There is continuing research being done on addiction. Research topics like genetics are often heard of. But what about the correlation between childhood trauma and addiction? Is there a link there? Childhood is the formative years for your sense of right and wrong, what your perception of love is, and your general reaction to situations. Having trauma occur during these years can alter the way the brain forms and functions, and this can lead to detrimental repercussions in later years, long after the trauma has occurred.
Childhood trauma is when an event occurs in childhood that can be emotionally painful to the child. The events that occur often have long lasting effects on the physical and mental well-being of the child in the long run. Having traumatic events occur during the formative years, whether a single event or repeated, can cause a child to feel they have lost all sense of control and safety. These feelings can interrupt the development of the child.
While biology and genetics are a vital part of brain development, the brain has what is known as neuroplasticity and this means that it can change and adapt to any given situation. So when any sort of traumatic event occurs, it can lead to the brain’s make-up changing. Trauma during the early years of life, while the brain is beginning its formation, can alter the formation of the brain. This can lead to difficulty in behavioral and emotional reactions. These changes can carry on into adulthood.
Many people who struggle with an alcohol addiction or drug addiction have experienced some kind of trauma. A lot of those traumas were experienced in childhood. Having tragic and harmful things happen during childhood and feeling that sense of losing control can cause someone to turn to drugs and alcohol as a way to feel like they have gained some semblance of control. This is a false narrative, as drinking and drugging can lead to addiction and once addiction has been reached, the sense of control has been lost.
Using drugs and alcohol to cope with the feelings associated with childhood traumas is unhealthy. The link between childhood trauma and addiction can be seen by the number of addicts seeking recovery who say that the things that happened during childhood, like molestation, abuse, and neglect, led them to feeling a sense of unworthiness and not feelings wanted or loved. These feelings trigger a need for individuals to, somehow, gain those feelings. Whether it be codependence or substance dependence as a way to feel like they don’t feel that way.
The number of addicts looking to get clean and sober who cite childhood trauma as the reason for them using drugs and alcohol is staggering. It is vital to sort out and learn ways of coping with these unresolved traumas in order to curb addiction and prevent relapse once the drugs and alcohol have been removed.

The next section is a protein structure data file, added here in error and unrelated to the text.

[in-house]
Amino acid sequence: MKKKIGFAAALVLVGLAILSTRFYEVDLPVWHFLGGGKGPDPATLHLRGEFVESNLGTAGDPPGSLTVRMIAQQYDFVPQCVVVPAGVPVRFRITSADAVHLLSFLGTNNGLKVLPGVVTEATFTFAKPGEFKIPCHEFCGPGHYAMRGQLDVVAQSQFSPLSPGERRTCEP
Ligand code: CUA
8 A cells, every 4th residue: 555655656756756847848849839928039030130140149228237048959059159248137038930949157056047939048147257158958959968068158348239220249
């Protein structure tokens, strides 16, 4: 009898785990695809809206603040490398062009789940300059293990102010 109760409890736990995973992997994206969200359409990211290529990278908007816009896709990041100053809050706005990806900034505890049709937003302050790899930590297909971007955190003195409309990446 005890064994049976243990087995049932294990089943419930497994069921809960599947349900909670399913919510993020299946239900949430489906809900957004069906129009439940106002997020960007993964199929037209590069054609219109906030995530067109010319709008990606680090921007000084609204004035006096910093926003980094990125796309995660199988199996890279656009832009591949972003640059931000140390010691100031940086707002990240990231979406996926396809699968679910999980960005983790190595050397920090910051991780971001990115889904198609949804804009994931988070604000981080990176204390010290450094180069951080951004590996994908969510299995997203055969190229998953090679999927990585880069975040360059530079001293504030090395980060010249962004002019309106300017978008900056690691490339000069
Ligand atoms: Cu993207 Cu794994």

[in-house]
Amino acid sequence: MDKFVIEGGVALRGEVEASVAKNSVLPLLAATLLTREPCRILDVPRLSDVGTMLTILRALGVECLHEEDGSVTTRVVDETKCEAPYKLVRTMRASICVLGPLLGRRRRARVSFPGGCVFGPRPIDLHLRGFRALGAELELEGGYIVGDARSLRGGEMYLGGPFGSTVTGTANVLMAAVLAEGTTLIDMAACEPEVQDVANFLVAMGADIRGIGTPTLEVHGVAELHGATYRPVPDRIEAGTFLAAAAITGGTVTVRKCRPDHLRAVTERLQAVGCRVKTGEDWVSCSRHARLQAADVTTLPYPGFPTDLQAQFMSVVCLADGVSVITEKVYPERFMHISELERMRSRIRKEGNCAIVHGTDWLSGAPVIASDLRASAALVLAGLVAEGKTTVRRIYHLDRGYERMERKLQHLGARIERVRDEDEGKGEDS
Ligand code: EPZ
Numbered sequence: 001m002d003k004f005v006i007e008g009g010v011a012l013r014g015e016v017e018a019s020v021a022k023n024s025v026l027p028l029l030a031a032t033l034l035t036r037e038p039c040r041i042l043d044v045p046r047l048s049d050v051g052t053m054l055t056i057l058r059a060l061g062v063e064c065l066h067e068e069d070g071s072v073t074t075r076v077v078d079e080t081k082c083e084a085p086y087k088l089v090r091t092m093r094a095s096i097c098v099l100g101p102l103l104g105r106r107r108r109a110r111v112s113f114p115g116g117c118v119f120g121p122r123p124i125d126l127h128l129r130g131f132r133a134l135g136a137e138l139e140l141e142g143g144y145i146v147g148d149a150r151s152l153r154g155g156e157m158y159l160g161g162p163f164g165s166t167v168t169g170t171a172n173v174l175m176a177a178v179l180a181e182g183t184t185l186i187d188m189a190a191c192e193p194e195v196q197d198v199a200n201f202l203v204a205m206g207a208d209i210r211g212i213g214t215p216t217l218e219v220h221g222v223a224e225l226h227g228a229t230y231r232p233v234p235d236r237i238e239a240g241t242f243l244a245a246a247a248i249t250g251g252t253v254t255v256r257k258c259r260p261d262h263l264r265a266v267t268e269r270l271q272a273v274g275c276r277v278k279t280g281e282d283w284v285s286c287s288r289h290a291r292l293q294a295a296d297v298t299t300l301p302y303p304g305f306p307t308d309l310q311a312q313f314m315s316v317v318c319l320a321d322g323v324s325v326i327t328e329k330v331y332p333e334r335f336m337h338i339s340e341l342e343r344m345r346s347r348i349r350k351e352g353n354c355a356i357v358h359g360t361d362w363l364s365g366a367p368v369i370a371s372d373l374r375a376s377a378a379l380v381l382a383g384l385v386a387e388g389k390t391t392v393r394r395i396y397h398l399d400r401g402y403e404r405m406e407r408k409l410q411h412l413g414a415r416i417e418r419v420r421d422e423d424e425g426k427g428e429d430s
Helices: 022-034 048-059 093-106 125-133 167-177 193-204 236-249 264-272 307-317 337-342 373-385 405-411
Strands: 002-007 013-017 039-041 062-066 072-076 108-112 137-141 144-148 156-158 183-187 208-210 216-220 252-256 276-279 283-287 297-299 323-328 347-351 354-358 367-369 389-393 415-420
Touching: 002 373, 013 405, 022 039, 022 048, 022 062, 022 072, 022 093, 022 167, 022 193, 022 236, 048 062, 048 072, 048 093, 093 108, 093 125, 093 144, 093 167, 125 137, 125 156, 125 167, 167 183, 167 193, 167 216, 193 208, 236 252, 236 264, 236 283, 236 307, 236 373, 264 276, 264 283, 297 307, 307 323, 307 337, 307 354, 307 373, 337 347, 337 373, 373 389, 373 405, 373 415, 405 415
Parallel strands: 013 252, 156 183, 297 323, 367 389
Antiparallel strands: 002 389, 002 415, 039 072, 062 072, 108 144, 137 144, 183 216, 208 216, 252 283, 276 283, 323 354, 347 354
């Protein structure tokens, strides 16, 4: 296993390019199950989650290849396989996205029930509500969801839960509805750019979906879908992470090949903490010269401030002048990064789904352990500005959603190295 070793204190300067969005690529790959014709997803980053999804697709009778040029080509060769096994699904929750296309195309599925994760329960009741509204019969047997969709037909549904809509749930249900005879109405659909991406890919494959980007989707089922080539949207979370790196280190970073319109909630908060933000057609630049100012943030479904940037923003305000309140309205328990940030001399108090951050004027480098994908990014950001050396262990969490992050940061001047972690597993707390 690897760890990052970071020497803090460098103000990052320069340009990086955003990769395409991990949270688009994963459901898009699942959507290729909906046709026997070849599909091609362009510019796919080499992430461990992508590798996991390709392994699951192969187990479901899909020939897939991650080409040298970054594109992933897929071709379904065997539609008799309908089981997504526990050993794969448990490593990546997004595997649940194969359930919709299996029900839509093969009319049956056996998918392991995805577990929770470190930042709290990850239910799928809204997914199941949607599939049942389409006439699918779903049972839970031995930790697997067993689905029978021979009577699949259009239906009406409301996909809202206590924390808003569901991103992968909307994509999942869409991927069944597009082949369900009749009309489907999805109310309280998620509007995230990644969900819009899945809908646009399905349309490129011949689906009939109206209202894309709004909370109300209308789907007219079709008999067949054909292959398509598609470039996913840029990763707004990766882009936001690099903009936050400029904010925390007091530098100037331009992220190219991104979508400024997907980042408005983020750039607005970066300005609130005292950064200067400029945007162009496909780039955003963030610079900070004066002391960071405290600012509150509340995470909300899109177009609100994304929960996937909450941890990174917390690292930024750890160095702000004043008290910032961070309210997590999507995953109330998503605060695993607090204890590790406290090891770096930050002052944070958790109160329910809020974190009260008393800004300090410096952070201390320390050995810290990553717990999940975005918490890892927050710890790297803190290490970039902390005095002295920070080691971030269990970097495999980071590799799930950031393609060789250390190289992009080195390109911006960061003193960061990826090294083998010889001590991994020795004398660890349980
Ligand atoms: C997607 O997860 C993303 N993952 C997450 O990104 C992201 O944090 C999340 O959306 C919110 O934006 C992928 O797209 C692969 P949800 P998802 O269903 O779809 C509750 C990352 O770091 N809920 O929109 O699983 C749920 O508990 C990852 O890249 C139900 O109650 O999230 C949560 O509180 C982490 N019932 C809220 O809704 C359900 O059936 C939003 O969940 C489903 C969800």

The short answer is yes. Childhood trauma and addiction are both treatable conditions. When it comes to ending the addiction, it is highly recommended to have medical supervision for various reasons. One being that there can be side effects, medically, of the drug being stopped. These are known as withdrawal symptoms. Everyone experiences withdrawals differently, and no one symptom is associated with any specific drug. There are some pretty generalized symptoms of withdrawal that can be seen across those experiencing withdrawal. Not all are necessarily seen in everyone, however most of these symptoms are associated with those ending drug and alcohol abuse:
Having medical supervision during this time can be beneficial to preventing medical events that have long lasting repercussions. Being medically monitored by professionals can allow for these blood pressure spikes to be handled. It can also help to maintain someone’s comfort during detox, medications can be dispensed to help counteract some of these extremely uncomfortable withdrawal symptoms and allow for someone to get through the detox process, and begin their journey of recovery.
Additionally, having the addiction professionals available in an inpatient setting for therapeutic purposes can help to begin the process of healing from childhood traumas and addiction traumas. Being able to turn to someone trained to help process feelings and emotions, as well as traumas can help keep someone from acting on impulse and giving up on finding recovery. There is help for both childhood trauma and addiction that may have stemmed from it.
Trauma that stems from childhood can be extremely detrimental in the later, adulthood years. Resolving them can lead you to a healthy lifestyle. If you or a loved one are struggling with addiction, or have experienced childhood trauma, there is help out there. Here at Lexington Addiction Center there is hope. Contact us today and our team of professionals can help to guide you to a place of peace and serenity.